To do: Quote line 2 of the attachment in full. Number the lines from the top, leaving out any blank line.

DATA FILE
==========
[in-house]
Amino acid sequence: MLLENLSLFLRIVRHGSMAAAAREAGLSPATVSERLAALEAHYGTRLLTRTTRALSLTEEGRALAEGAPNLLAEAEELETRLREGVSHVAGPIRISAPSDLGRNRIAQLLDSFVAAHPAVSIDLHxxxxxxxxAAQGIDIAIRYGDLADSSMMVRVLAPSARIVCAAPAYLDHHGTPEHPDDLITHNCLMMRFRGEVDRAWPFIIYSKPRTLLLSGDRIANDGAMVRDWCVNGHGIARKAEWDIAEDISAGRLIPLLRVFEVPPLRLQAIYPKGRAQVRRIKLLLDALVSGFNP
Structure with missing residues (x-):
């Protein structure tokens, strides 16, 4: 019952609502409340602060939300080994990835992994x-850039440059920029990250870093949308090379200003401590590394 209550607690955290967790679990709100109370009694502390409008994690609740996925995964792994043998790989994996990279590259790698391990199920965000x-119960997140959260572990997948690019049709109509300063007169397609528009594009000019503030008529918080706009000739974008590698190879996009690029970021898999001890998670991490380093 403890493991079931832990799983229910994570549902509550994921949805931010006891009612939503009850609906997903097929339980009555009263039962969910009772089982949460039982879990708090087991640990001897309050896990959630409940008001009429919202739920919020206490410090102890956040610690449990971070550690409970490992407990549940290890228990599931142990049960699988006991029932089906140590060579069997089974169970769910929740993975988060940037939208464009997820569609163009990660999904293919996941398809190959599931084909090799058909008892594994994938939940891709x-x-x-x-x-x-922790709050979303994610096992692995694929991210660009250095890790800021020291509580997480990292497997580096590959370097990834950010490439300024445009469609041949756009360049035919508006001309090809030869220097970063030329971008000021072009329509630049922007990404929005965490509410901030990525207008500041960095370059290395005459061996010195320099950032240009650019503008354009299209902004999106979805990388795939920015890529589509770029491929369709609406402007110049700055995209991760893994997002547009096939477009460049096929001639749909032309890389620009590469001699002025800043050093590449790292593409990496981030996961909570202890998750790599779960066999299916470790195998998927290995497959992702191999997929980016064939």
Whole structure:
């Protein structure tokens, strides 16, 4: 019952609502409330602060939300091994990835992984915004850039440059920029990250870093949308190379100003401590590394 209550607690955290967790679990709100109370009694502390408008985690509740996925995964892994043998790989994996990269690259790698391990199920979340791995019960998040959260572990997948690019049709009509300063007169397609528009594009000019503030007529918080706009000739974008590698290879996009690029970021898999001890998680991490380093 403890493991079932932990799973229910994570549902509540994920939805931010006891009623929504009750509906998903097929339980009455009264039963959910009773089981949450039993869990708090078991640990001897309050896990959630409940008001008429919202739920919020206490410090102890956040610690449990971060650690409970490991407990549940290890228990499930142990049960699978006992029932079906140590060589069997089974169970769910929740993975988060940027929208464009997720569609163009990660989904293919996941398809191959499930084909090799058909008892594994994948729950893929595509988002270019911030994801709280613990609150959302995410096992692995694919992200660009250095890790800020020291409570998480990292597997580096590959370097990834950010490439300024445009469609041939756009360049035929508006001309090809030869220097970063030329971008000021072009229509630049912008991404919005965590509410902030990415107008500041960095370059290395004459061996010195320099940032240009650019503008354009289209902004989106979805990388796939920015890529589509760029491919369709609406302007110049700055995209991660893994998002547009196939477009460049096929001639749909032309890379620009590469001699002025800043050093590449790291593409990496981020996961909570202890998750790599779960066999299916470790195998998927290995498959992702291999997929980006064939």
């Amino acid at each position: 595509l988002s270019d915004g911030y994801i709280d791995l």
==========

Amino acid sequence: MLLENLSLFLRIVRHGSMAAAAREAGLSPATVSERLAALEAHYGTRLLTRTTRALSLTEEGRALAEGAPNLLAEAEELETRLREGVSHVAGPIRISAPSDLGRNRIAQLLDSFVAAHPAVSIDLHxxxxxxxxAAQGIDIAIRYGDLADSSMMVRVLAPSARIVCAAPAYLDHHGTPEHPDDLITHNCLMMRFRGEVDRAWPFIIYSKPRTLLLSGDRIANDGAMVRDWCVNGHGIARKAEWDIAEDISAGRLIPLLRVFEVPPLRLQAIYPKGRAQVRRIKLLLDALVSGFNP